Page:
I wrote this story years ago... it could be twenty by now. Six years ago today, my aunt Ann died unexpectedly, and this is one of my best memories of her. And one of my best memories ever. I wish she were here today. She'd get a kick out of my little family.
My aunt Ann was coming out to visit. She had always been my favorite aunt. Her imagination was vivid, and she really knew how to play, even though she was fifteen years older than I. As if summer wasn’t already enough of a pre-school overload for me, there would now be an overabundance of girl things to do. This was going to be an extra special treat.
Summer for me was a wild romp through the mountains of south-western Montana. Almost every year contained those six weeks of passionate playtime, surrounded by endless cow pastures and college students who thought I was a cute kid. It was also six weeks without T.V., but I never noticed. The reason for this unadulterated and often unsupervised experiment in childhood was that my dad taught at a field station in the Tobacco Root mountains, and the family came along. I really didn’t know what he did exactly. I just knew that he was a teacher, the students called him the Limestone Cowboy, he tromped around outside all day, and sometimes graded papers. Us kids could, in turn, sell rocks we found on the hill behind the lab, and peddle Kool-Aid to the students after a hard day in the field.
The nearest town was listed as having 32 people, but these citizens didn’t actually live in the town proper. They were ranchers who were scattered about the out-laying areas and up into the mountains themselves. The town was called Cardwell, and the post office, general store, and gas station were conveniently close - in the same building. Maxine the postmaster sat on her stool behind the counter, and gave my brother the stamp collector illegal postmarks from the town.
I usually passed my time running around in those endless cow pastures, out behind our trailers, negotiating sage brush and cow pies, or playing with my extensive collection of Barbie dolls. My brother went around making the sort of trouble that boys make, such as pushing little sisters into creeks and general teasing and badgering. Mom spent her time doing crafts and relaxing. She also had the fun job of keeping Jim and I from severely hurting each other. Ann’s visit was a very exciting addition to an already pleasant routine.
I loved Ann. I was five years old, and she seemed to be perfect. She drew pictures that really looked like what they were supposed to be, loved horses and pretty things, and liked to do my hair with colorful yarn ribbons. She would pick flowers with me, and admire my Barbies. She was almost a better kid than I was.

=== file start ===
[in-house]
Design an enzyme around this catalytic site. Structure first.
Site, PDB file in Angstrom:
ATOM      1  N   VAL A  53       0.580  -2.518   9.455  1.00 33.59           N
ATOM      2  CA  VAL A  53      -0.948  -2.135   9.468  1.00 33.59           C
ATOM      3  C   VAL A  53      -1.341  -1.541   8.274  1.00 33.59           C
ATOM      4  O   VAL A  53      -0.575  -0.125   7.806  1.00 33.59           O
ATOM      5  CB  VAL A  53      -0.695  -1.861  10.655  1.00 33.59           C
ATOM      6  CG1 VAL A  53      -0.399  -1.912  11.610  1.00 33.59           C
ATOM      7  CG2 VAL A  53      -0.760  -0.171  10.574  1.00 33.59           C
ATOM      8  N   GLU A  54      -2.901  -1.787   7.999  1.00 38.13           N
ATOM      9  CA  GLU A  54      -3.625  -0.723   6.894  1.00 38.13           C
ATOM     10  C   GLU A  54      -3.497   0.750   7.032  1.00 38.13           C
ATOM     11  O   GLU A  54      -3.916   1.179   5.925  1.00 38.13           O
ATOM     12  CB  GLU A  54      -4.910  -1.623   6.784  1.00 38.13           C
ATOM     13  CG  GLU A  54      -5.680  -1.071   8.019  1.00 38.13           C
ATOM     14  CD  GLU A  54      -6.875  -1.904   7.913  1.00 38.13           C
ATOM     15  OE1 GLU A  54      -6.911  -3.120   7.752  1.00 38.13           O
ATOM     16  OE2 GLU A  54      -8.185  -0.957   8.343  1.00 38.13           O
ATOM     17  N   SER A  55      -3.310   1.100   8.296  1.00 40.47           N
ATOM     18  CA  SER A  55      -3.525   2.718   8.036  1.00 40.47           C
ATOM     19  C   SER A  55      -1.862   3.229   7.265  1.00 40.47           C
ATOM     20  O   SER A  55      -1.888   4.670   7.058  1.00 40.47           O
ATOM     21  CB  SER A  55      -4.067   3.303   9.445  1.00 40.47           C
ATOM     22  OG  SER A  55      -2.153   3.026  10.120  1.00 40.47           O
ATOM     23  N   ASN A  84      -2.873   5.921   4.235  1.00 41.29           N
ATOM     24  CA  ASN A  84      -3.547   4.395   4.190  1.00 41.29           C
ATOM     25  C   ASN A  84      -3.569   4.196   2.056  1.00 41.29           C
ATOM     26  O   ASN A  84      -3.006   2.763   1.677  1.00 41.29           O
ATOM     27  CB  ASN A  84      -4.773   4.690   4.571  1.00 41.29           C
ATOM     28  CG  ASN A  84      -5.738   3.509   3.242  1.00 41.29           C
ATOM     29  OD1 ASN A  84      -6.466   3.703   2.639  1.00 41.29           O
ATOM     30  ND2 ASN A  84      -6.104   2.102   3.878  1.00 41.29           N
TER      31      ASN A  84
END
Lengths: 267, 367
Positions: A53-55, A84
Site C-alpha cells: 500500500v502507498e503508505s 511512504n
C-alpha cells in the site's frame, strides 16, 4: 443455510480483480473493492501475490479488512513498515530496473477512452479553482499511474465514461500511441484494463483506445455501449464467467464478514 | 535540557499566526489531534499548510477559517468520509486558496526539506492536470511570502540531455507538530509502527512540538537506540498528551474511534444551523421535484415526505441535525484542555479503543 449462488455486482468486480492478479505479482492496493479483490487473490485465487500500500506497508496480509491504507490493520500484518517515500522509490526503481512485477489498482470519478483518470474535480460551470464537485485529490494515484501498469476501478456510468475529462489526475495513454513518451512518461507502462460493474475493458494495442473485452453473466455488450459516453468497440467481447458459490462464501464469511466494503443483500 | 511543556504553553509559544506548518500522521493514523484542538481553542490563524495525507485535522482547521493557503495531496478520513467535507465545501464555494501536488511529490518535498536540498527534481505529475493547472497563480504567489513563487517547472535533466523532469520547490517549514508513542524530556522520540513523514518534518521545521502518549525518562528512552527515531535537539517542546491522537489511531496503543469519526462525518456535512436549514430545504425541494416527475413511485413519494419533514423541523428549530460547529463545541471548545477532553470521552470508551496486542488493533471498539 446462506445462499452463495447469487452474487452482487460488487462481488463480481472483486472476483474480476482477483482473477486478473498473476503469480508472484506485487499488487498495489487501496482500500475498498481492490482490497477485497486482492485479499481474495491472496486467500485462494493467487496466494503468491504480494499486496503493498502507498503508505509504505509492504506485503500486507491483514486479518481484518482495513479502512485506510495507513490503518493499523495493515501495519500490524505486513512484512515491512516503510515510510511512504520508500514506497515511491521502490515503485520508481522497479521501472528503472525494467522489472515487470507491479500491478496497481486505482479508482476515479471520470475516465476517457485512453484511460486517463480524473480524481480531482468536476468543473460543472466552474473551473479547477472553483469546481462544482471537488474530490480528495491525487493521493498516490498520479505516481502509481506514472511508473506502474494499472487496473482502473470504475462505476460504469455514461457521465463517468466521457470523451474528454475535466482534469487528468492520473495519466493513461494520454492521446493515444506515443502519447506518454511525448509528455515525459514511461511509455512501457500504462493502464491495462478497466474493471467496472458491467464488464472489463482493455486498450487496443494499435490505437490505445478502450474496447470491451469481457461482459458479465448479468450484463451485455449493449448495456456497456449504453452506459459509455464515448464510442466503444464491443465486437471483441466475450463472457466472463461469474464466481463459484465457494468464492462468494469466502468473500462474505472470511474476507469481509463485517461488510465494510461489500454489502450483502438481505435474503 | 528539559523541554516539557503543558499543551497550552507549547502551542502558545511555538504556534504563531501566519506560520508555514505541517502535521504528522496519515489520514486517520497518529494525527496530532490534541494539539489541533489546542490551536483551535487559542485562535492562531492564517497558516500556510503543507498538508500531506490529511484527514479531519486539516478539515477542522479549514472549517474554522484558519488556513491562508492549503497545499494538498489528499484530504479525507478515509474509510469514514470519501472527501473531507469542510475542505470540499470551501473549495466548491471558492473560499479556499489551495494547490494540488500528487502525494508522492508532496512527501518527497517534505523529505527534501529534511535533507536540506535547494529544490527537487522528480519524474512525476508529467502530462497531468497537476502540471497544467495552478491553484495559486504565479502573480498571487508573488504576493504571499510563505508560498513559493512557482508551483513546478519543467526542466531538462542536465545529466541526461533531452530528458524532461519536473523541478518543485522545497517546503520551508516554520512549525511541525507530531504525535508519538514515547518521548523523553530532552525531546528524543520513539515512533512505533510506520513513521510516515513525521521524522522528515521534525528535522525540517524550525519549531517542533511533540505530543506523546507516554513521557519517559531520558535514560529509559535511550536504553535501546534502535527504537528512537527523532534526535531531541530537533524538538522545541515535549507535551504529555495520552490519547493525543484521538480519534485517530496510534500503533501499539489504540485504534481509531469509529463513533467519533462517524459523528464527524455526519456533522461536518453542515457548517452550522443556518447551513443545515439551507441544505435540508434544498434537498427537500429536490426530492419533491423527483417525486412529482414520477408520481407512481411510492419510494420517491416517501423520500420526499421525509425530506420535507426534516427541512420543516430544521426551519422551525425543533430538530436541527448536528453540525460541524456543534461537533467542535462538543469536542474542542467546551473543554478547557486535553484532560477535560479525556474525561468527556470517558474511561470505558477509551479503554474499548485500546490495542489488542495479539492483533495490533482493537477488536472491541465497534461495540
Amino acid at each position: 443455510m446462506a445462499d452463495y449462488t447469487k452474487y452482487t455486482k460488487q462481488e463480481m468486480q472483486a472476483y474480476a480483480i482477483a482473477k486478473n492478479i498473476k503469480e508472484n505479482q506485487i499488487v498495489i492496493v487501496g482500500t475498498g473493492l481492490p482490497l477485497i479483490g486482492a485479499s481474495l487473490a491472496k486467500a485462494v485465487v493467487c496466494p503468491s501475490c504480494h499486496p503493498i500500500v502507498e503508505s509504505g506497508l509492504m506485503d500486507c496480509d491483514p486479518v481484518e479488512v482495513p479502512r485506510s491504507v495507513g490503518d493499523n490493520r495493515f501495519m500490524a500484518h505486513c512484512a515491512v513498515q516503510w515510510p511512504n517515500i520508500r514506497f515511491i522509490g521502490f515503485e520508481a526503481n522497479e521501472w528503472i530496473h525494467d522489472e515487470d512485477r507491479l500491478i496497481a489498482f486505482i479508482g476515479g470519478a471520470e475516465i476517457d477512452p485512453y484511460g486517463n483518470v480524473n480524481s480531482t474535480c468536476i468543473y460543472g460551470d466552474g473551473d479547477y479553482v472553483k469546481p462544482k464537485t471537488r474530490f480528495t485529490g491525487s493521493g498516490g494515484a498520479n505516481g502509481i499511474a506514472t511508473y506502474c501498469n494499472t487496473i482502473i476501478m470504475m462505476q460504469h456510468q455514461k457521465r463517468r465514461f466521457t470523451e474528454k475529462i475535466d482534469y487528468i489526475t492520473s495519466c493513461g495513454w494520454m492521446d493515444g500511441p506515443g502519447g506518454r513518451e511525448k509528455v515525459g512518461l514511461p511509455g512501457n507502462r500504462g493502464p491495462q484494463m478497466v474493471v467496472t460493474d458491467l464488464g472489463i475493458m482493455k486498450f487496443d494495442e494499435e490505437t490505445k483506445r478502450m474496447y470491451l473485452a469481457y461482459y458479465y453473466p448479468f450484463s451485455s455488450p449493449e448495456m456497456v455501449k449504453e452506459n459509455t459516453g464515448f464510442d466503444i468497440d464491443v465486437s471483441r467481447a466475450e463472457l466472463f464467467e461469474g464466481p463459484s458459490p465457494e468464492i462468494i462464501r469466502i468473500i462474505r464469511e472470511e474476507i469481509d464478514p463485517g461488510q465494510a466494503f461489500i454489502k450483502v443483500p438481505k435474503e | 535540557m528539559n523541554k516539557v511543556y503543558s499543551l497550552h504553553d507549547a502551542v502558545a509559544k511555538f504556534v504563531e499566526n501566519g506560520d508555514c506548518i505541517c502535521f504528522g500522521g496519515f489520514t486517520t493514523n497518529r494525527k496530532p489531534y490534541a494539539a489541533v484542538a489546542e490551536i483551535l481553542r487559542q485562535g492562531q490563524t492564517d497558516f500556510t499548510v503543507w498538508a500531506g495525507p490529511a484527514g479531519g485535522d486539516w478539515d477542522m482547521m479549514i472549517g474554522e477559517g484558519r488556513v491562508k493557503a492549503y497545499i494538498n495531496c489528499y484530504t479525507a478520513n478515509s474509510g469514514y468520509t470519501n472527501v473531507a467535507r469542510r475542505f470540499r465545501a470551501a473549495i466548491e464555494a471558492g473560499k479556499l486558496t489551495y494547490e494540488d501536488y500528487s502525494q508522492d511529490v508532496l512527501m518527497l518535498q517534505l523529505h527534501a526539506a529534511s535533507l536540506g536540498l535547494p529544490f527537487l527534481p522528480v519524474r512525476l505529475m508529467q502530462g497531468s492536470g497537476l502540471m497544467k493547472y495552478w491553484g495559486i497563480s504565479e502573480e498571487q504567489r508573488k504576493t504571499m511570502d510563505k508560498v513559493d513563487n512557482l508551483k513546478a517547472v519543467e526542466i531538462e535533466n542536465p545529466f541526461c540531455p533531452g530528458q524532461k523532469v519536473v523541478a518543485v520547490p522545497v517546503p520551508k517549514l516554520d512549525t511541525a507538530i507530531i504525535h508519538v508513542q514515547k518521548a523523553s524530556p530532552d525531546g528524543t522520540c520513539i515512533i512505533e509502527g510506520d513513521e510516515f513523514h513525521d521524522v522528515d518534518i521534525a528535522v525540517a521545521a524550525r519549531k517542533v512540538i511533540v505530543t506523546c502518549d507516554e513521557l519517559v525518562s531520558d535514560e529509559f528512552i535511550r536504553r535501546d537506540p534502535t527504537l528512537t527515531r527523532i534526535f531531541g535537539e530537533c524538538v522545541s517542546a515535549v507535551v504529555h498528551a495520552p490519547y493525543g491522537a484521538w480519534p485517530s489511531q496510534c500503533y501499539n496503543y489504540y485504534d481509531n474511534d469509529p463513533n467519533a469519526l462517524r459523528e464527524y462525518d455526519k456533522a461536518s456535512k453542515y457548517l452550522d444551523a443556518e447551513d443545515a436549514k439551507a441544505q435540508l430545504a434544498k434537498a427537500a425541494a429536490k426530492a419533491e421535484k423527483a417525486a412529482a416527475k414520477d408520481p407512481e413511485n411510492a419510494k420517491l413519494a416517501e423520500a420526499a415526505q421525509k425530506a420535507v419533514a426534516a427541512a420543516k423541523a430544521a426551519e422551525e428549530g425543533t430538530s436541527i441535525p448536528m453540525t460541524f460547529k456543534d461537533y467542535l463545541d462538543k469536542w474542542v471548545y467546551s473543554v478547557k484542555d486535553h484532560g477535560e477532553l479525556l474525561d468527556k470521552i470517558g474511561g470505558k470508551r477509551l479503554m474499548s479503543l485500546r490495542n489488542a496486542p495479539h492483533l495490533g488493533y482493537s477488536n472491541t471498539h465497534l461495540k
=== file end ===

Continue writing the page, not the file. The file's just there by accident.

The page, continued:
The morning she was supposed to get in, we drove the one and one half hours to Bozeman, and picked her up at the two-terminal airport. One and a half hours is an eternity in the life of an antsy five year old, and I’m sure that my excitement and anticipation contributed to making me one of the most charming little chatterboxes around. I would imagine that I annoyed my parents with all sorts of trivia, perhaps adding in a song or two as I gazed out the window at the scenery speeding by, wondering if we would ever get there.
The plane landed, Ann walked into the airport, and everyone had their chance to say “hi.” The whole ride home consisted of boring grown-up questions such as “How was your flight?,” and “How is college?” By the time another agonizing ninety minute ride was over, and we were back at the camp.
I wanted Ann to dive immediately into playland. But it wasn’t to be. She had to rest Maybe she was an adult after all; they sleep all the time.
The next morning, I woke earlier as usual, as kids often do when they are overly excited about something. It was better than Christmas. Well, almost better than Christmas. I went out into the small living room as quietly as possible, because that was where Ann was sleeping, and made as much noise as possible. I ate the cookies that dad always left for me, dragged the chairs over the cheap linoleum floor, and banged the cabinet doors. Ann, to my horror, woke up. Mom woke up also, and I found out that Dad was actually in camp grading. Wonderful. Everyone would be home to show me a good time. All I had to do was sit back, be cute, and let them do their best to make me happy.